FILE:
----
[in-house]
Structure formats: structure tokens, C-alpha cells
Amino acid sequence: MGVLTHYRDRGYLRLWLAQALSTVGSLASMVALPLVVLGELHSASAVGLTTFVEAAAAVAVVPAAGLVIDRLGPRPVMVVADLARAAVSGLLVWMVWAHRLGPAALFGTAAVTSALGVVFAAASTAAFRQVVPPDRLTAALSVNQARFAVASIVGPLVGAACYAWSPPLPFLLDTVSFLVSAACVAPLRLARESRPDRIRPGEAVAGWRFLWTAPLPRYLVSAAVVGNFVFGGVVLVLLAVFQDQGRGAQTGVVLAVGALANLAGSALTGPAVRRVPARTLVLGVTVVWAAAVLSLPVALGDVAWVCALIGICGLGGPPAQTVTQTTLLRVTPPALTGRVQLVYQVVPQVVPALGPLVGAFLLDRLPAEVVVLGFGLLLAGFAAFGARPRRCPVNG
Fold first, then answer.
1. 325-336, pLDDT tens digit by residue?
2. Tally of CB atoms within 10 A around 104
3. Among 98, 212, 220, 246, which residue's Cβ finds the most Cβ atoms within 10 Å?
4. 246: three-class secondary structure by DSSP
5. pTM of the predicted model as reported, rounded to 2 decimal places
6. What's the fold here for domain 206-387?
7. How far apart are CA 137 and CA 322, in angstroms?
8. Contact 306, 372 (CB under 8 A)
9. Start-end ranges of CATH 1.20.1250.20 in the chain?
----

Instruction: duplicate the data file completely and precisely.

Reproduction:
[in-house]
Structure formats: structure tokens, C-alpha cells
Amino acid sequence: MGVLTHYRDRGYLRLWLAQALSTVGSLASMVALPLVVLGELHSASAVGLTTFVEAAAAVAVVPAAGLVIDRLGPRPVMVVADLARAAVSGLLVWMVWAHRLGPAALFGTAAVTSALGVVFAAASTAAFRQVVPPDRLTAALSVNQARFAVASIVGPLVGAACYAWSPPLPFLLDTVSFLVSAACVAPLRLARESRPDRIRPGEAVAGWRFLWTAPLPRYLVSAAVVGNFVFGGVVLVLLAVFQDQGRGAQTGVVLAVGALANLAGSALTGPAVRRVPARTLVLGVTVVWAAAVLSLPVALGDVAWVCALIGICGLGGPPAQTVTQTTLLRVTPPALTGRVQLVYQVVPQVVPALGPLVGAFLLDRLPAEVVVLGFGLLLAGFAAFGARPRRCPVNG
Fold first, then answer.
1. 325-336, pLDDT tens digit by residue?
2. Tally of CB atoms within 10 A around 104
3. Among 98, 212, 220, 246, which residue's Cβ finds the most Cβ atoms within 10 Å?
4. 246: three-class secondary structure by DSSP
5. pTM of the predicted model as reported, rounded to 2 decimal places
6. What's the fold here for domain 206-387?
7. How far apart are CA 137 and CA 322, in angstroms?
8. Contact 306, 372 (CB under 8 A)
9. Start-end ranges of CATH 1.20.1250.20 in the chain?